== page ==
The First Green of Spring

Oh sure, the May sunlight, the way the steady breeze tosses the growing grass all day, tugging new leaves open — the robins and sparrows chittering and nesting, singing as they fatten their nests, get their bird family going — even the woodchuck grazing beneath the apple tree, feasting on violets and fattening its sleek being — all beloved, all dear — but really, it’s the tree blossoms, the spring beauties, the dutchmen’s breeches, the Johny jump-ups scattered in whatever way and whatever place they need to emerge. What a world this is, our Vermont May season. Flowers.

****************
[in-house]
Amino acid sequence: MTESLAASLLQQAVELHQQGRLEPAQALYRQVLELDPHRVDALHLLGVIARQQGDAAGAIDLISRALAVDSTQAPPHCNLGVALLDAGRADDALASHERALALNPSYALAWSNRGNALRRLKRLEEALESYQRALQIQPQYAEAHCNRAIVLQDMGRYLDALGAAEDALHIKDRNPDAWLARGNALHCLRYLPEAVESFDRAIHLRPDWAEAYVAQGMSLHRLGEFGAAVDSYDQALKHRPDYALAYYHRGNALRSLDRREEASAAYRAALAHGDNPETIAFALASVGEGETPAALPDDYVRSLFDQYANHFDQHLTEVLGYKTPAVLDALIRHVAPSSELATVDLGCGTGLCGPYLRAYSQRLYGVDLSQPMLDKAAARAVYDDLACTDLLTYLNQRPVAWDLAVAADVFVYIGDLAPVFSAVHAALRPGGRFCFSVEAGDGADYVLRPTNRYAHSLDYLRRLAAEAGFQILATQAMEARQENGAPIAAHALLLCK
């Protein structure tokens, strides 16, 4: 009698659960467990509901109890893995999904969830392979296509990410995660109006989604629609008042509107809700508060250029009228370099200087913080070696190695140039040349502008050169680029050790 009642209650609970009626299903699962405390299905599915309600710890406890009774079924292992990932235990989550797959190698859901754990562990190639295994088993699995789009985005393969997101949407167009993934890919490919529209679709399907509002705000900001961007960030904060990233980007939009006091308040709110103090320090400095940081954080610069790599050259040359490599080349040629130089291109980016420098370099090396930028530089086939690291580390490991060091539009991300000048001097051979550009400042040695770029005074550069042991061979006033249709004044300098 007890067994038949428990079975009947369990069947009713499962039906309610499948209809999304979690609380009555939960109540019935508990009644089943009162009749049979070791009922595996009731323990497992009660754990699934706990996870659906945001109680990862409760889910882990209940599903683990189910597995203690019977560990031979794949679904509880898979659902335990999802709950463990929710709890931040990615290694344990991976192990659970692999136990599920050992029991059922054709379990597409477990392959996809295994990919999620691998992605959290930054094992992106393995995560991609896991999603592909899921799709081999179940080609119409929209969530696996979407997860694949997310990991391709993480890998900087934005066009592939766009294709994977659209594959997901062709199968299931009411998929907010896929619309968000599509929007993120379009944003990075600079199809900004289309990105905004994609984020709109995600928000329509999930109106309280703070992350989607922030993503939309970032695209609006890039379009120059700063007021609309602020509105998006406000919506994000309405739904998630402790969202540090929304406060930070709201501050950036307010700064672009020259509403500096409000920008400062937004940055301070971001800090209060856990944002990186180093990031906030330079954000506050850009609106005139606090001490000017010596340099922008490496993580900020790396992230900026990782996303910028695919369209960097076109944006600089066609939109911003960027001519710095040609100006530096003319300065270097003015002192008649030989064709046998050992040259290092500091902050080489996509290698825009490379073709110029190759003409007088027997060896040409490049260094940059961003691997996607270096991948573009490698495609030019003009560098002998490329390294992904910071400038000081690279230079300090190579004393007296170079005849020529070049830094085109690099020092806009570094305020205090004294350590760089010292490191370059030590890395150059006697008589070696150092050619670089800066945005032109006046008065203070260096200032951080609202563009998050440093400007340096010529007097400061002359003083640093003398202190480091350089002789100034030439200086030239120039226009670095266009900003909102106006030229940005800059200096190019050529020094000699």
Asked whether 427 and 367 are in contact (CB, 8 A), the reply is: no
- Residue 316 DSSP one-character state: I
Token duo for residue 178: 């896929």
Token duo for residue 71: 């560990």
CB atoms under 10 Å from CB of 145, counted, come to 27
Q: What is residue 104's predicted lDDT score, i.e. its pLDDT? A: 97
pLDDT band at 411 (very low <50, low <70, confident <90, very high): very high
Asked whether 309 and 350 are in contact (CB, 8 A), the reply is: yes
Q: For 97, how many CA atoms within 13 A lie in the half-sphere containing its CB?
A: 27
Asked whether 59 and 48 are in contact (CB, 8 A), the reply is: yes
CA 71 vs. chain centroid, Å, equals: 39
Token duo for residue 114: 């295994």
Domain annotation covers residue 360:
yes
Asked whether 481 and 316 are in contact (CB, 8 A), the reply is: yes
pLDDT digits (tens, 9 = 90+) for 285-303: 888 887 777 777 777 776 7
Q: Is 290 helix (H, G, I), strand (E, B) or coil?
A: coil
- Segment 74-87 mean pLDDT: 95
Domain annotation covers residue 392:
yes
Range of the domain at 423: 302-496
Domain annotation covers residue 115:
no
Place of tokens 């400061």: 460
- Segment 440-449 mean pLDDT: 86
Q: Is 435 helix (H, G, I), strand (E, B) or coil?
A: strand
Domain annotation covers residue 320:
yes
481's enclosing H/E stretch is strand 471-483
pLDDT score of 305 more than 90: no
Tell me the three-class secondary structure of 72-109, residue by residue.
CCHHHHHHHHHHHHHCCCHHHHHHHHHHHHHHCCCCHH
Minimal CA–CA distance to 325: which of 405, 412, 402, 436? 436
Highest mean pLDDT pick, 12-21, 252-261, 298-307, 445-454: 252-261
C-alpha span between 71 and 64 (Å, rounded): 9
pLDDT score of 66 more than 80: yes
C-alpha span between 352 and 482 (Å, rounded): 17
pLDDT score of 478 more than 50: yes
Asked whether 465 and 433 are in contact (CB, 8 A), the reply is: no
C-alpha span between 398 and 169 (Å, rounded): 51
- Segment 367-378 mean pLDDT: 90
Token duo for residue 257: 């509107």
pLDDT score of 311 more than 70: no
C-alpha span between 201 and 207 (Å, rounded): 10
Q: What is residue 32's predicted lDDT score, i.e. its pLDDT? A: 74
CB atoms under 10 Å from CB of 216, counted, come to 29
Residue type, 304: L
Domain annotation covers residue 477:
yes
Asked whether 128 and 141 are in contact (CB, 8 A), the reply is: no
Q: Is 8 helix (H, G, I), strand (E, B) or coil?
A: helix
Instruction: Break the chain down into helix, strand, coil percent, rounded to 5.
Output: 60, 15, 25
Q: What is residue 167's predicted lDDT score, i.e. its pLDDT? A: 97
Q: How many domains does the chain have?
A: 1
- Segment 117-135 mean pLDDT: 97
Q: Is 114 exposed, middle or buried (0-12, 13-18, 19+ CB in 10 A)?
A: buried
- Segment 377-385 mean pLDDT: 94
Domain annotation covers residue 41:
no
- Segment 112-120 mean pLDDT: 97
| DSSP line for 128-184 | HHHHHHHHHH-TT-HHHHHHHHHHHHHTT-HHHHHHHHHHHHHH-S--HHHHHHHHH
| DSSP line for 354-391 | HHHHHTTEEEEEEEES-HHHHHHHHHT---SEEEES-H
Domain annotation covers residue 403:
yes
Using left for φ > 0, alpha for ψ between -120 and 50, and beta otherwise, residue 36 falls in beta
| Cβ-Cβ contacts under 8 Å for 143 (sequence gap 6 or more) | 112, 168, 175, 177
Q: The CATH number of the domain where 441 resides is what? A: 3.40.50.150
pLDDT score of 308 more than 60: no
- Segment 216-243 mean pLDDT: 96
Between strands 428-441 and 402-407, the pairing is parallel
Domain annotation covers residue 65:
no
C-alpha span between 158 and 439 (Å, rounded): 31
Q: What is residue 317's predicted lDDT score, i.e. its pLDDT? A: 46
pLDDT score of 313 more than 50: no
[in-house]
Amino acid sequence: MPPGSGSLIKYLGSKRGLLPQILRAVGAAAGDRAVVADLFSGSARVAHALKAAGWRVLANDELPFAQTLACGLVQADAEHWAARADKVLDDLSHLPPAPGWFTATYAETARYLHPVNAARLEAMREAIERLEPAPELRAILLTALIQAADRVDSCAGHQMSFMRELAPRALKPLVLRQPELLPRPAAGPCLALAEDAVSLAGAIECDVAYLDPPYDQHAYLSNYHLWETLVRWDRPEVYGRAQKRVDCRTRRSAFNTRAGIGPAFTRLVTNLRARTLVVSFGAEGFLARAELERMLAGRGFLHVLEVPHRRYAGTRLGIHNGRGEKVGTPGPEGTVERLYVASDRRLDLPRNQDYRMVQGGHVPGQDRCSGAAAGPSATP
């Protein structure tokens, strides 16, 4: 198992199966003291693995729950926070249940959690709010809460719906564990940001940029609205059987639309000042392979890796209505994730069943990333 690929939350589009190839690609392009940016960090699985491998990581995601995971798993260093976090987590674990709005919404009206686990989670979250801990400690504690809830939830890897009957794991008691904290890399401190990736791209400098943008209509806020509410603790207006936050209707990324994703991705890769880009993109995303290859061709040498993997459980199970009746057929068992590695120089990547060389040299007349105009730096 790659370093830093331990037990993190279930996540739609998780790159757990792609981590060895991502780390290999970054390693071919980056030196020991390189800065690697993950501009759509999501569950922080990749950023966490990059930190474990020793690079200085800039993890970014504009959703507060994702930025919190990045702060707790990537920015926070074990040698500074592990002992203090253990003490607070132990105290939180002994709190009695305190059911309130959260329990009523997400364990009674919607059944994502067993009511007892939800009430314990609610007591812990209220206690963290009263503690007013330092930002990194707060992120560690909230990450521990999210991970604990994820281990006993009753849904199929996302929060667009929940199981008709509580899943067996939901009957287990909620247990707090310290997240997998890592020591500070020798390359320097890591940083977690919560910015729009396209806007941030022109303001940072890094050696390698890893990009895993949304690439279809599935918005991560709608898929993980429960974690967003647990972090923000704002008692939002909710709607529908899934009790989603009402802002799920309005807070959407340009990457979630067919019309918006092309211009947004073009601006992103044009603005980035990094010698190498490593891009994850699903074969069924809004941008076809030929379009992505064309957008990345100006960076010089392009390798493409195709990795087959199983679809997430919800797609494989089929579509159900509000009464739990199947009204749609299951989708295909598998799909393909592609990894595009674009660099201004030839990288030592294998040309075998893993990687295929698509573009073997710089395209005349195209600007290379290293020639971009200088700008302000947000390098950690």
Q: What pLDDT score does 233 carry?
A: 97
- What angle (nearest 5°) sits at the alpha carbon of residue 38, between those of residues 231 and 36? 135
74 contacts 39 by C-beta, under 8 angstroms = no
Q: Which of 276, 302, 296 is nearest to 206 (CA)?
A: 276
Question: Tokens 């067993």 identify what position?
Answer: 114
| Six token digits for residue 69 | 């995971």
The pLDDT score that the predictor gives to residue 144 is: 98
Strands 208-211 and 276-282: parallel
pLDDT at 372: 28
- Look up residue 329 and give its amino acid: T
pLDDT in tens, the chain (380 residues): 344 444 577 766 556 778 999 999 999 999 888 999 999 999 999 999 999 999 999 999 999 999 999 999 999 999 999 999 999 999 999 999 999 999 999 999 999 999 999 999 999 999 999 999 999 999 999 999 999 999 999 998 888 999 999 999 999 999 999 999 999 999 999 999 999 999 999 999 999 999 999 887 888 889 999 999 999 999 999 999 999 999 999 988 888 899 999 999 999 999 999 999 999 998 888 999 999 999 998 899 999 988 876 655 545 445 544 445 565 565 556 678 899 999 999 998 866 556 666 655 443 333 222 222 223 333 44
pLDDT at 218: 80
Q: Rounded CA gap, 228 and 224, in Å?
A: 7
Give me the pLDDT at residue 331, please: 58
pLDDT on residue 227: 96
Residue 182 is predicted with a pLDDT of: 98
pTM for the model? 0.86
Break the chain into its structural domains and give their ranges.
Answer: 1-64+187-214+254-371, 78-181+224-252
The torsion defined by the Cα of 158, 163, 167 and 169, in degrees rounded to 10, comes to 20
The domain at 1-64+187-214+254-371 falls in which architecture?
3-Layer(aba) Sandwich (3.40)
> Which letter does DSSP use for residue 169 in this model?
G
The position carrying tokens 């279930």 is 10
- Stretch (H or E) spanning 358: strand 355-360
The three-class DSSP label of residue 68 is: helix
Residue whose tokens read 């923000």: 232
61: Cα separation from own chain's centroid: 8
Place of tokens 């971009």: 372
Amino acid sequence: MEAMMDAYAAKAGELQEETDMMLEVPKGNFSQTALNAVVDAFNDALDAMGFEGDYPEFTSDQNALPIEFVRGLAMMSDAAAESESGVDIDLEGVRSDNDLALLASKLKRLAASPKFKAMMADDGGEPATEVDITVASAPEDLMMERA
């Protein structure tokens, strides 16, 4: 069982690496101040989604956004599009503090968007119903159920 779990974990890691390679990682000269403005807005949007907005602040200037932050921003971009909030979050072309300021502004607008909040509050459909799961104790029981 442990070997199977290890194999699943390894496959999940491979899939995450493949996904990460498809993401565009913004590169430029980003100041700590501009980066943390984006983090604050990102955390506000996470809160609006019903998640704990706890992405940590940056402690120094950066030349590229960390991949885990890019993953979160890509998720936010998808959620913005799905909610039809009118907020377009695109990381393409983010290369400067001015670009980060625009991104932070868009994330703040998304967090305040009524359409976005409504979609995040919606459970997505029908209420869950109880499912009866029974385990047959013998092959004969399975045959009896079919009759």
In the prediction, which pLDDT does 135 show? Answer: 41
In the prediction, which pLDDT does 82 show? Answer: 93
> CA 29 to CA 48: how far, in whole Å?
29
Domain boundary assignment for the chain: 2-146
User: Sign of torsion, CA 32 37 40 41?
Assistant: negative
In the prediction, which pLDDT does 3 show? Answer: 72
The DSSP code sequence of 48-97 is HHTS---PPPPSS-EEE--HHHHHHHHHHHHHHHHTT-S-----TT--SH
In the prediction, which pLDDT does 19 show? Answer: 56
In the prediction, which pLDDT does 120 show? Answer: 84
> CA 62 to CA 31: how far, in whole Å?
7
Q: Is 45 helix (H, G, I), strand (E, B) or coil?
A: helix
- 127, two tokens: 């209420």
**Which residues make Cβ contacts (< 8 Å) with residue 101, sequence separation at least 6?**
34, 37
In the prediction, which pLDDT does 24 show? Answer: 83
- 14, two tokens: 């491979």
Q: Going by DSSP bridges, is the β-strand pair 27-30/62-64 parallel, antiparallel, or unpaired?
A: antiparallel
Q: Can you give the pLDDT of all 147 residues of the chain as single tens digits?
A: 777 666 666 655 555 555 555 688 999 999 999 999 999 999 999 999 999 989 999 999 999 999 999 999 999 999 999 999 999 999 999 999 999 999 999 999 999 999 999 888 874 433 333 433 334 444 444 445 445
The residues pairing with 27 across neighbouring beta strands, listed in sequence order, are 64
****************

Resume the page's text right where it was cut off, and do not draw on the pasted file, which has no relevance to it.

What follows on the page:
Here’s a poem from David Budbill.

“The First Green of Spring”

Out walking in the swamp picking cowslip, marsh marigold,
this sweet first green of spring. Now sautéed in a pan melting
to a deeper green than ever they were alive, this green, this life,

harbinger of things to come. Now we sit at the table munching
on this message from the dawn which says we and the world
are alive again today, and this is the world’s birthday. And

even though we know we are growing old, we are dying, we
will never be young again, we also know we’re still right here
now, today, and, my oh my! don’t these greens taste good.